NEW YORK, 16 DECEMBER 1998
STATEMENT BY AMBASSADOR ANTÓNIO MONTEIRO, PERMANENT REPRESENTATIVE OF PORTUGAL, TO THE SECURITY COUNCIL 3955th MEETING (The situation between Iraq and Kuwait)
Portugal always hopes that the Security Council will find peaceful solutions to situations of conflict, and it feels no differently in the case of Iraq.
We have always been of the view that full cooperation by Iraq with the United Nations Special Commission (UNSCOM) and the International Atomic Energy Agency (IAEA) is essential to fulfil the disarmament tasks, to ensure compliance with the relevant resolutions of the Security Council and thus enable the Council to lift the sanctions imposed on Iraq. The confirmation by UNSCOM of full cooperation by Iraq, as promised in its letters of 14 November, would have enabled the Council to proceed speedily with a comprehensive review of all disarmament files, as proposed by the Secretary-General. But, after so many efforts and attempts by the Council to bring Iraq to the path of cooperation, the latest report of the Executive Chairman of UNSCOM states that Iraq has not lived up to its commitments and that, in fact, it has not cooperated fully with UNSCOM.
We appreciate the efforts of the Secretary-General to offer for the Council's consideration several possible options to react to the UNSCOM report. Portugal was ready to consider those options, and said so this morning. In the meantime, however, we have been informed of the decision to withdraw all UNSCOM and IAEA personnel from Iraq for reasons of safety. The Executive Chairman of UNSCOM provided further elements on the degree of non-cooperation by Iraq today to Council members.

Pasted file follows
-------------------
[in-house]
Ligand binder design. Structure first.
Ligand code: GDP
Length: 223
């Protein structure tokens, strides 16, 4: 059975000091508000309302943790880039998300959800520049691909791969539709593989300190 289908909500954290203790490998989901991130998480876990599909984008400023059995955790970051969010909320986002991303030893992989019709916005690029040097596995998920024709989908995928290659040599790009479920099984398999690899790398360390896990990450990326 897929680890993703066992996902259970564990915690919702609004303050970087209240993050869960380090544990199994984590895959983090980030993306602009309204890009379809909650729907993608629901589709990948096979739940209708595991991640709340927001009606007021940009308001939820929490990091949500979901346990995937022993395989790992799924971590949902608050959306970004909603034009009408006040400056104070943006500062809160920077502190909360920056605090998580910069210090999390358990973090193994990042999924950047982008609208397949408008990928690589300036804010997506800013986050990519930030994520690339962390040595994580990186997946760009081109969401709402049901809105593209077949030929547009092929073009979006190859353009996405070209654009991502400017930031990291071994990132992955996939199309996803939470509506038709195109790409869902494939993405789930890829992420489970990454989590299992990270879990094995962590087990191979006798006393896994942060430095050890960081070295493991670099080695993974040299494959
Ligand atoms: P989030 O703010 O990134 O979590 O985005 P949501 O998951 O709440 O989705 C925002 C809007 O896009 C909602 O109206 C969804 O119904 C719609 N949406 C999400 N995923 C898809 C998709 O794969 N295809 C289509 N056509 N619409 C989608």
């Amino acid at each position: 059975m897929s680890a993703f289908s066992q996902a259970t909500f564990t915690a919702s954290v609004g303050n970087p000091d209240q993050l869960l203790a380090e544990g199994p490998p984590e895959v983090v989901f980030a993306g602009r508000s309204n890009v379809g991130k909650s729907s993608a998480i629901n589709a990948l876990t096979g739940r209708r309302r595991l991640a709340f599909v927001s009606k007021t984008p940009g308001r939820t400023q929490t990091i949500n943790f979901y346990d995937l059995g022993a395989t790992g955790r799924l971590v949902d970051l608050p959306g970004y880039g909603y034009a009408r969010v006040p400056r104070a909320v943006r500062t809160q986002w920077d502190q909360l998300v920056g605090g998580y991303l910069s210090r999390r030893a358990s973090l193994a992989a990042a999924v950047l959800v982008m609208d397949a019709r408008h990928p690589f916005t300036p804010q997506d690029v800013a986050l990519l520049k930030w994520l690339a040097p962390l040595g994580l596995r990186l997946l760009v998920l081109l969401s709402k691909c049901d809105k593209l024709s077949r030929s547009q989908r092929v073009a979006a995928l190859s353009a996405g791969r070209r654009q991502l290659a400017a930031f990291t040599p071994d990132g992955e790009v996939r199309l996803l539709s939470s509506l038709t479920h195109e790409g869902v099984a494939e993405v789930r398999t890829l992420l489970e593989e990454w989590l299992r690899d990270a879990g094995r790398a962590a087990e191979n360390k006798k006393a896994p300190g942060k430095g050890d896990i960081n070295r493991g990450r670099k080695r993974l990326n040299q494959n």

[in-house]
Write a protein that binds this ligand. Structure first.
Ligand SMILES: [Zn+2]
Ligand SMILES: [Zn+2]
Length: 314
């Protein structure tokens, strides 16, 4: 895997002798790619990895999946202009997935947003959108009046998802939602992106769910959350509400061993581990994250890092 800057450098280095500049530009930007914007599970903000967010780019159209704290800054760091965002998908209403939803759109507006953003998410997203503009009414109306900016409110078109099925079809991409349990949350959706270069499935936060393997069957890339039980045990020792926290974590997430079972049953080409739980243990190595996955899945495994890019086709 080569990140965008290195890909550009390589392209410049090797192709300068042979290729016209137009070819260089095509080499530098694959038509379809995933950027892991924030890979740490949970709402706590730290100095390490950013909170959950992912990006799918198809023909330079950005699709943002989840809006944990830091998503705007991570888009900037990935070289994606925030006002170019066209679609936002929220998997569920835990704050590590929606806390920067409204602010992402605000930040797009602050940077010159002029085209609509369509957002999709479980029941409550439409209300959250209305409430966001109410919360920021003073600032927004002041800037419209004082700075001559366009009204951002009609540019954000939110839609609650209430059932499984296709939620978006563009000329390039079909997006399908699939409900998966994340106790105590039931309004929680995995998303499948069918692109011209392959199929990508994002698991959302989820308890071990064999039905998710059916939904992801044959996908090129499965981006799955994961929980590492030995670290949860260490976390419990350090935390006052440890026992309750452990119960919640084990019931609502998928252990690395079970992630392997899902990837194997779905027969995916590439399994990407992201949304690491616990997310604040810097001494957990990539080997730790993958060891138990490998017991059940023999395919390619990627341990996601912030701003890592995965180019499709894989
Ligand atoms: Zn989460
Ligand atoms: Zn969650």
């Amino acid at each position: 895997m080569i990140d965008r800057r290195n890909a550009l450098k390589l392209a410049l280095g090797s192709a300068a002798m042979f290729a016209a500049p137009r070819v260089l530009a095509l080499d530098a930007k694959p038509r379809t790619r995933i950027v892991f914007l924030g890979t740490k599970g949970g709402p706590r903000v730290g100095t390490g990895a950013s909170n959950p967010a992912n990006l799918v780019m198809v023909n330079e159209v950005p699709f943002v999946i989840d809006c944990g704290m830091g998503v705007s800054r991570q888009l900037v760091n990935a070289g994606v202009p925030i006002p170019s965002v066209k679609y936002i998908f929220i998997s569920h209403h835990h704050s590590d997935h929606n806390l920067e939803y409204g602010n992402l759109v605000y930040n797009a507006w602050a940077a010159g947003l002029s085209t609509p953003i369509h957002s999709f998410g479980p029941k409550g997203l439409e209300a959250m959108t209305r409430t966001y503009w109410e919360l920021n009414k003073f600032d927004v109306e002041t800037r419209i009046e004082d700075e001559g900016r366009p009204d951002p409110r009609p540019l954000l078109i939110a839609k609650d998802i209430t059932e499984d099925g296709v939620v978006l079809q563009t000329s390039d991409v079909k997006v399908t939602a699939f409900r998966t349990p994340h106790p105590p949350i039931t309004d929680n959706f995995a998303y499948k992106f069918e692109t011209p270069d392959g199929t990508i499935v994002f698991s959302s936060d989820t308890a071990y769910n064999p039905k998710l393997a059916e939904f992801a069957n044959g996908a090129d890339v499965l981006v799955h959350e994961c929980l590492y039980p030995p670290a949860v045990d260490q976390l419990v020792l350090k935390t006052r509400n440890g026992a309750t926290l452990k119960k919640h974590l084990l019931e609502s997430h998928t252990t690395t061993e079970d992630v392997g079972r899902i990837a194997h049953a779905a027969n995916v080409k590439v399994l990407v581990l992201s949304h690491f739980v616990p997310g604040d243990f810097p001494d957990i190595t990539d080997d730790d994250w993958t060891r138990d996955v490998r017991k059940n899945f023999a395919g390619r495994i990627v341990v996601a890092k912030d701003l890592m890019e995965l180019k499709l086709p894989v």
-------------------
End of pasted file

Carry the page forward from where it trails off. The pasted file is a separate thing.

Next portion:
The Security Council is thus confronted with a declaration by Ambassador Butler that Iraq has not cooperated fully. The United States and the United Kingdom had made it perfectly clear last month that, in the absence of full cooperation by Iraq, they would act without returning to the Council. It is not, therefore, a surprise to my delegation that a decision has been taken to act militarily. Naturally, the Council will have to evaluate the consequences of military action with regard to fulfilling the goals of disarming Iraq and maintaining peace and security in the region.
Portugal deeply regrets that a peaceful solution could not be found. But the main cause of the current crisis is the obstinate policy of Iraq's rulers in refusing to comply with Security Council resolutions. As Chairman of the Committee established under Security Council resolution 661 (1990), I have been particularly sensitive to the consequences of this crisis on the Iraqi people and have sought to do everything possible in the context of the humanitarian programme to alleviate their suffering.
Portugal will continue to try to contribute actively to find ways to minimize the effects of the current circumstances on top of the already difficult living conditions of the Iraqi people. But we must also remember that the primary responsibility for the well-being of all Iraqis falls to the authorities of that country.